Other differentiating features included the foil and cigarette filter (figure 3). The foil, which was standardised to silver, ranged from matte to glossy and smooth to textured. Some brands, such as Virginia Slims, appeared to rely more on thicker foil textures to convey ‘luxury’. While most brands used a standard foil opening system, L&M and Marlboro variants had a resealable system. Filters could be cork or matte white and varied in length. Filters for some variants, mostly those positioned as ‘classic’, were shorter in length (22 mm) while filters for some flavoured or newer variants (eg, Kent and Lucky Strike J-series) were longer (32 mm).

While scents on the packaging are prohibited by plain packaging legislation, we observed that, for some flavoured variants, the tear tape and foil gave off a fresh, minty or fruity scent. Although this could have been a result of flavours leaking from the tobacco, there were two variants with distinct scents in the tear tape that were not detected in the tobacco: L&M Double Purple Blast and Marlboro Double Burst, which had berry and spearmint scented tear tape, respectively.

Discussion

Around the time of Singapore’s plain packaging phase-in, tobacco companies launched variants with flavour capsules, novelty filter features and new flavours, and started using more descriptive variant names to reflect the variant’s colour coding or market positioning. Tobacco companies also redesigned ‘classic’ variants and used Japanese marketing themes to convey a more premium product image. In Singapore, where point of sale advertising is banned, tobacco companies used the cellophane wrapping to communicate new features prior to plain packaging, while in the UK and Australia, tobacco companies used other permissible means including retailer posters and pack inserts.20 21

The tobacco industry’s launching of new flavour variants in Singapore, especially flavour capsule variants, was also observed prior to the introduction of plain packaging in Australia19 20 25 and the UK,21 although this is a global trend. The global market for capsule cigarettes has proliferated,26 as tobacco marketing and packaging becomes increasingly regulated and the cigarette stick becomes an increasingly important medium for tobacco companies to promote and differentiate their products.27 28 Although Singapore’s market for flavour capsule cigarettes is still small (2.8% of the total tobacco market share in 2018), it has grown rapidly and is projected to grow further into the 2020’s.23 29 The industry’s increasing focus on flavour capsule variants may be part of a broader effort to maintain a perception of innovativeness in the industry amidst increasing regulation.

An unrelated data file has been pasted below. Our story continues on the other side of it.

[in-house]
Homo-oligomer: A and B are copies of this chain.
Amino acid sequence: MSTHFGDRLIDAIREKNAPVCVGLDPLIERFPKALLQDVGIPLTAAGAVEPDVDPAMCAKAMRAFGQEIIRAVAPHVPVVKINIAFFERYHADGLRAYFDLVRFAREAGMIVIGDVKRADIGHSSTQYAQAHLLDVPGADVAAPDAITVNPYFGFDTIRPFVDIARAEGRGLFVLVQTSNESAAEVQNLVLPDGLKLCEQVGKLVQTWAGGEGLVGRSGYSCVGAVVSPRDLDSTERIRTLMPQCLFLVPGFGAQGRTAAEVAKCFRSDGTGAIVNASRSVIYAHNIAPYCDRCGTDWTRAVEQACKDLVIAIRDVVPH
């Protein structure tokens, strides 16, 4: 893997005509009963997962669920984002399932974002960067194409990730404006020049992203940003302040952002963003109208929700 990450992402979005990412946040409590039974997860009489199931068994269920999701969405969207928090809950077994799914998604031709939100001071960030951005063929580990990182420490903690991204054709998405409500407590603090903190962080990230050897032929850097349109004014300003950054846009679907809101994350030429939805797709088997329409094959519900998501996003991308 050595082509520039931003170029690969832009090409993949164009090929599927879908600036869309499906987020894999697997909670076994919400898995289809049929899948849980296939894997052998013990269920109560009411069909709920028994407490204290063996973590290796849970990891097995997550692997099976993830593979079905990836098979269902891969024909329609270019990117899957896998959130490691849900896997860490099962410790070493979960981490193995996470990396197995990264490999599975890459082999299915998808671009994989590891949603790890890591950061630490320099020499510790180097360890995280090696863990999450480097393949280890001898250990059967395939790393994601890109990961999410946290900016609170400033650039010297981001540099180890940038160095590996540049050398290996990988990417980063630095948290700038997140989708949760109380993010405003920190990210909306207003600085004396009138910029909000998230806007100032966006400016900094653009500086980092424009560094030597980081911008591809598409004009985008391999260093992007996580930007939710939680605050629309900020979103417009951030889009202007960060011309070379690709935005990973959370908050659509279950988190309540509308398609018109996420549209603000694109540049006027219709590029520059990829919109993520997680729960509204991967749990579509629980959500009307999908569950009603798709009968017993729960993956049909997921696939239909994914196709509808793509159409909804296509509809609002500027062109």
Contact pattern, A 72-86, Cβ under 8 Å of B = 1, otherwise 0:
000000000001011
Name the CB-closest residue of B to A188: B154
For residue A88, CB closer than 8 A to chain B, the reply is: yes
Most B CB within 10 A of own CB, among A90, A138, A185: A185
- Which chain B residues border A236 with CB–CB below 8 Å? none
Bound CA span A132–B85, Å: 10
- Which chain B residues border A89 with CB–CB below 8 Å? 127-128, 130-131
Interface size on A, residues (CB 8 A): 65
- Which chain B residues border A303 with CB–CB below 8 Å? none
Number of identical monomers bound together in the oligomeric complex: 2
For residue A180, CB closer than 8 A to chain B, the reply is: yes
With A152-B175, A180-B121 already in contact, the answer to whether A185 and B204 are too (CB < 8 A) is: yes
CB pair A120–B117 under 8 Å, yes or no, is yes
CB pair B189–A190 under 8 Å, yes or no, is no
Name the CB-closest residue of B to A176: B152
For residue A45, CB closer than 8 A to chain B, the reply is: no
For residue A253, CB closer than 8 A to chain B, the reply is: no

The industry’s emphasis on flavour capsule cigarettes in Singapore is potentially problematic, due to their popularity among young people as illustrated in studies from Mexico,30 the USA,31 32 the UK33–35 and Australia.32 Menthol, the most common flavour in capsule cigarettes, masks the harshness of tobacco, facilitates smoking initiation and makes cigarettes more addictive.36 Tobacco companies, aware of these effects,37–41 have designed menthol cigarettes specifically to target youth.42 As a result of industry marketing to young Singaporeans, Singapore’s menthol cigarette market proliferated in the 1980s and 1990s and, as at 2018, comprised half of Singapore’s cigarette market.23 Similarly, Singapore’s capsule cigarette market may grow as tobacco companies look for new ways to target young people. It is important to monitor these trends as an evolving industry strategy, especially in countries where tobacco flavours are not regulated.

Tobacco companies are also focusing on novelty or harm reductive filter technologies including filters with menthol granules, dual capsules, recessed designs and charcoal. The industry’s focus on novelty and harm reductive filters is not new; tobacco companies have touted such filters for decades in a bid to renew interest and allay smokers’ health concerns while aware that these filters are inherently defective.43 Research also suggests that some filter designs, notably those containing charcoal, may compound health risks due to the leakage of carbon fibres from the charcoal.44 More research is needed to assess how smokers perceive novelty or harm reductive filters, and whether such product design features should be regulated.

The redesigning of existing tobacco brands in Singapore, including the use of Japanese marketing themes, may have been a broader attempt to modernise brands or generate trial among smokers in the run up to plain packaging.14 21 In Singapore, Japanese products became popular with the infiltration of Japanese culture into Singapore in the 1970s and are generally perceived as high in quality, premium and trendy. This suggests that tobacco companies are using Japanese marketing themes to ‘premiumise’ brands, possibly to help offset the drab, unappealing image created by the plain packs or as part of a broader effort to blunt the negative impact of plain packaging on smokers’ perceptions.